Why Buy-to-Let is Booming ? And Tips for Doing It
The Council for Mortgage Lenders says buy-to-let lending has risen a tenth since 2011, while the number of UK private landlords is set to pass the million mark in the next couple of years.
Factors behind the boom include the Bank of England’s £80bn Funding for Lending scheme, which one newspaper commentator has described as “the opening of the loan tap.”
Another reason is the marked increase in recent years in the need for rental flats and houses, together with a shortage of suitable properties. Rising demand may be down to first-time buyers who want to rent while they save for a deposit, or families who want to live in the catchment area for a particular school. Equally, with 500,000 people coming to live in Britain from abroad every year, and few of them buying a home immediately, inward migration is another factor.
As a first-time Landlord you will need:
- A viable rent protection
- The right mortgage – most buy-to-let sector are interest only, but shop around
- The right type of property – some have had their fingers burnt with new builds, but these are not necessarily always a risk
- To know your local area and market well, and be realistic when it comes to pricing. Do your research and think about why someone would want to live in a particular area. If your nearest town doesn’t seem to offer the best value, consider looking further afield.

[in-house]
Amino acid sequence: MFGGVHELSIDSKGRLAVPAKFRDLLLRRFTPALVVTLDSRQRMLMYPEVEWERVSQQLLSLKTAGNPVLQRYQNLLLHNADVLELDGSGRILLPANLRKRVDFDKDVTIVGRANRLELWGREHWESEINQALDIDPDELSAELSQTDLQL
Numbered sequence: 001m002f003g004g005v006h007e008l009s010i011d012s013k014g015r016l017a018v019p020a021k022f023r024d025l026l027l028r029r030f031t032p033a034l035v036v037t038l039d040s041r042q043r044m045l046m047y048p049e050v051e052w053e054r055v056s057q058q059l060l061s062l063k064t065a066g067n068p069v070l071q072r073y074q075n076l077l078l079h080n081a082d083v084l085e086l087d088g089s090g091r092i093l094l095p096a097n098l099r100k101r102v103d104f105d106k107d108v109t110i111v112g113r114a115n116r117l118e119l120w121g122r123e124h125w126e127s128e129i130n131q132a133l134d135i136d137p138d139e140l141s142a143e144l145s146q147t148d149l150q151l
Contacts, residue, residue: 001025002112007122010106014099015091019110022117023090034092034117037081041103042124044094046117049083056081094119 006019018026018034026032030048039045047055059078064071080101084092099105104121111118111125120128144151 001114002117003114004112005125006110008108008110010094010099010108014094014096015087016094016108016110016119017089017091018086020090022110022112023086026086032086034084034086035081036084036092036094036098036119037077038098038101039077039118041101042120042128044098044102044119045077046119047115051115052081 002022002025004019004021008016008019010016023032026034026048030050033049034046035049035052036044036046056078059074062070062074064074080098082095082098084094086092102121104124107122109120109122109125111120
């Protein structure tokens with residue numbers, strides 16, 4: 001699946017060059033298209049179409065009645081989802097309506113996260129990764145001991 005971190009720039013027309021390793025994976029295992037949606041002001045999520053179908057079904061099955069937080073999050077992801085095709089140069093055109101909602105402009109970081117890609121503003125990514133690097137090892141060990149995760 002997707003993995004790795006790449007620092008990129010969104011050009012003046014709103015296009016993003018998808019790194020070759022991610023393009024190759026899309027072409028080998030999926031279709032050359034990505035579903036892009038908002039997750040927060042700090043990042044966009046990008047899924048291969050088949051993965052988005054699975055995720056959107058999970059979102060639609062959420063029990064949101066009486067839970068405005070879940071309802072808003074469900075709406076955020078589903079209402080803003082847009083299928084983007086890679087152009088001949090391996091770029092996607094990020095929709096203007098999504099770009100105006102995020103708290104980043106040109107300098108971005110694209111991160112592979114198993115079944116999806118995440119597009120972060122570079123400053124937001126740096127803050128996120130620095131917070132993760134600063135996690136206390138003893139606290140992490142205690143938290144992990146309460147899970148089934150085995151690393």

- To think about your target tenants – students, families, young professionals – and whether your property is suitable for this market.
- To look into rent guarantee insurance against tenants not paying their rent.
- To consider how to manage the property and tenants. How hands-on do you want to be? With 70 pieces of legislation to comply with, it’s a lot for any private investor to manage single-handedly. This is where a letting agent can offer an invaluable service – but choose yours carefully since the industry is not yet fully regulated. But Landlords who use an ARLA registered agency like Drummonds have peace of mind. They are protected if tenants don’t pay, while, for tenants, it means they are dealing with an agent who is fully trained, has an audited client account and follows stringent rules with independent redress.
Remember that, as a buy-to-let landlord, you are not part of a chain and can use this to your advantage when haggling over price.
Finally, go into any deal with a clear idea of all costs and any potential pitfalls involved, and invest for income rather than short term capital growth and you will put yourself in the strongest possible position.